Herbie Lewis was born in Calgary, Alberta, and was to become known for his relentless defence and blinding speed during an 11-year career in the NHL. He was rough for a little guy, a good defensive winger and accurate playmaker, and considered the fastest skater in the NHL in his day with his trademark short, mincing steps.
Lewis started out in 1921-22, playing for the Calgary Hustlers of the Calgary City Junior League. In 1922-23 he played for the Calgary Canadians of the Calgary City League and led the team to the Memorial Cup playdowns where he was first in scoring with 17 goals and 24 points in 12 games. He followed up in 1923-24 with 20 points in seven Memorial Cup playdown games while still with the Canadians. Lewis journeyed to Duluth in 1924 and played with the Hornets in the USAHA where he was given the nickname "The Duke of Duluth." He led the CHL in points (28) and assists (11) in the 1925-26 season and was a CHL First Team All-Star that year.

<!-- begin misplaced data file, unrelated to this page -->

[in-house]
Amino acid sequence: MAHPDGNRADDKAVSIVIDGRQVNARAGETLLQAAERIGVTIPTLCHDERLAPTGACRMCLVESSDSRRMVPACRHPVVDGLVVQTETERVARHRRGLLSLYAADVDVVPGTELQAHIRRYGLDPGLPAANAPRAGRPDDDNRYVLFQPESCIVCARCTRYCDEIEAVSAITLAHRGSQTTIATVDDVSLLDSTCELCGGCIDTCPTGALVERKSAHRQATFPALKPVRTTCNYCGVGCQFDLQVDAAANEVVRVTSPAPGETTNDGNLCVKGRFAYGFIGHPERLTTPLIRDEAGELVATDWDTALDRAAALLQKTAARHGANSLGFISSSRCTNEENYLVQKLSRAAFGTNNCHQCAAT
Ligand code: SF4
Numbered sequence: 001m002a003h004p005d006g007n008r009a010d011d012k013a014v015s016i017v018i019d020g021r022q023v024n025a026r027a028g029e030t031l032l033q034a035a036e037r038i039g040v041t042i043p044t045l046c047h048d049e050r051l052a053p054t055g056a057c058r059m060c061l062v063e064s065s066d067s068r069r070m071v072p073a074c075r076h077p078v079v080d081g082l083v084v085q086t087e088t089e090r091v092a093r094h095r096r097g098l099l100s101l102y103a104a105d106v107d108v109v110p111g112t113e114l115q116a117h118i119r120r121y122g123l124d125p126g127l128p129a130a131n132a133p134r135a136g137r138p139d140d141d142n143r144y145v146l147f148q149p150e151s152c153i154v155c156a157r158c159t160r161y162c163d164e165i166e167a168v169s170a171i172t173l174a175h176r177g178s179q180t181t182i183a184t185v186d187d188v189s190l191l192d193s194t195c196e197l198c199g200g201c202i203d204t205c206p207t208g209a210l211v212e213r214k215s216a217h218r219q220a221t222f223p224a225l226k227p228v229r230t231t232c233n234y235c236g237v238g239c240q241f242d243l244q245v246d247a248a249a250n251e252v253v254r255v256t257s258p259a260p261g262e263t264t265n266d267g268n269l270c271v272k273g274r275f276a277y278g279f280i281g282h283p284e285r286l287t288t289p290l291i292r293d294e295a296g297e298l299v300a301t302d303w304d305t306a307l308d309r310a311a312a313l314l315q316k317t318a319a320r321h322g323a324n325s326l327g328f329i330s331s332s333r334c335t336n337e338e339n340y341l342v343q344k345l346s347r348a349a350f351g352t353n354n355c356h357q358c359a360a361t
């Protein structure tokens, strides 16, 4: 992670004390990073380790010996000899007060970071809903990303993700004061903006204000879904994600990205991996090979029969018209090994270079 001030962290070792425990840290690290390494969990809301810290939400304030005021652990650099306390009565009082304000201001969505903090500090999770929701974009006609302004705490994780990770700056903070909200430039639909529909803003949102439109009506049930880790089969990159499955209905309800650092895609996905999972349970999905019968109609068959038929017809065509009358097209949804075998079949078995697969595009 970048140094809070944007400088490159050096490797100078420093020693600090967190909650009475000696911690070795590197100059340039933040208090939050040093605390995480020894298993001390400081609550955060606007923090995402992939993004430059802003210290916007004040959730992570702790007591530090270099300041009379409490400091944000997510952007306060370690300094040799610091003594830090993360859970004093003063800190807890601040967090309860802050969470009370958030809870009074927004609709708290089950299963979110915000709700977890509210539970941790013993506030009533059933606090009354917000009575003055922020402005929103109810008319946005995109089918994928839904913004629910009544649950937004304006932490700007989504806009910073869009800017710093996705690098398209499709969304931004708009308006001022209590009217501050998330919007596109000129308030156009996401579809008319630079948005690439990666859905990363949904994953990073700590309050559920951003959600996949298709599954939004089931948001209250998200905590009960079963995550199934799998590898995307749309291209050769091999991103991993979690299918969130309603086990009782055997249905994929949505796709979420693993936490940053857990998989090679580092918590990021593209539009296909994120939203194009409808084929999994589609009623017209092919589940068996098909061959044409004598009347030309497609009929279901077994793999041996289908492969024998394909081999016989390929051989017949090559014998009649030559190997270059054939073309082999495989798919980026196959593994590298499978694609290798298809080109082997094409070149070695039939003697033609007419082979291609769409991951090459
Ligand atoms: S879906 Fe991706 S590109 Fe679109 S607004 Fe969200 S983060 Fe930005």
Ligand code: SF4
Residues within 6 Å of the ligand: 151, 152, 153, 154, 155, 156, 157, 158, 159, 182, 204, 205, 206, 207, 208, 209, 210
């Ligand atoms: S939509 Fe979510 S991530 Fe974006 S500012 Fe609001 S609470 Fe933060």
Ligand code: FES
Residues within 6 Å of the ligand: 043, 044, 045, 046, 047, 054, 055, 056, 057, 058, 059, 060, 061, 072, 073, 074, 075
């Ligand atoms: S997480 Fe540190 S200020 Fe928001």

Lewis reportedly turned down a $20,000 offer from the New York Rangers prior to signing with Detroit in 1928, and played for the Cougars, Falcons, and Red Wings during his eleven-year NHL career. He participated in the first NHL All-Star game in 1934 (the Ace Bailey Benefit Game) and went on to lead the team in playoff scoring with five goals. He played in the longest NHL game on March 24-25, 1936, when Detroit defeated the Montreal Maroons 1-0 after six overtime periods. The Wings went on to capture the 1936 Stanley Cup and won it again the next year as Lewis combined on a line with Marty Barry and Hec Kilrea to dominate almost every game of the finals.
In 1939, with his NHL career behind him, Lewis brought hockey to Indianapolis as general manager, coach, and player with the Indianapolis Capitols of the IAHL. Lewis was behind the bench as coach of the team when the Capitols won the Calder Cup in 1942.
Herbie Lewis was inducted into the Hockey Hall of Fame in 1989.
Courtesy of the Hockey Hall of Fame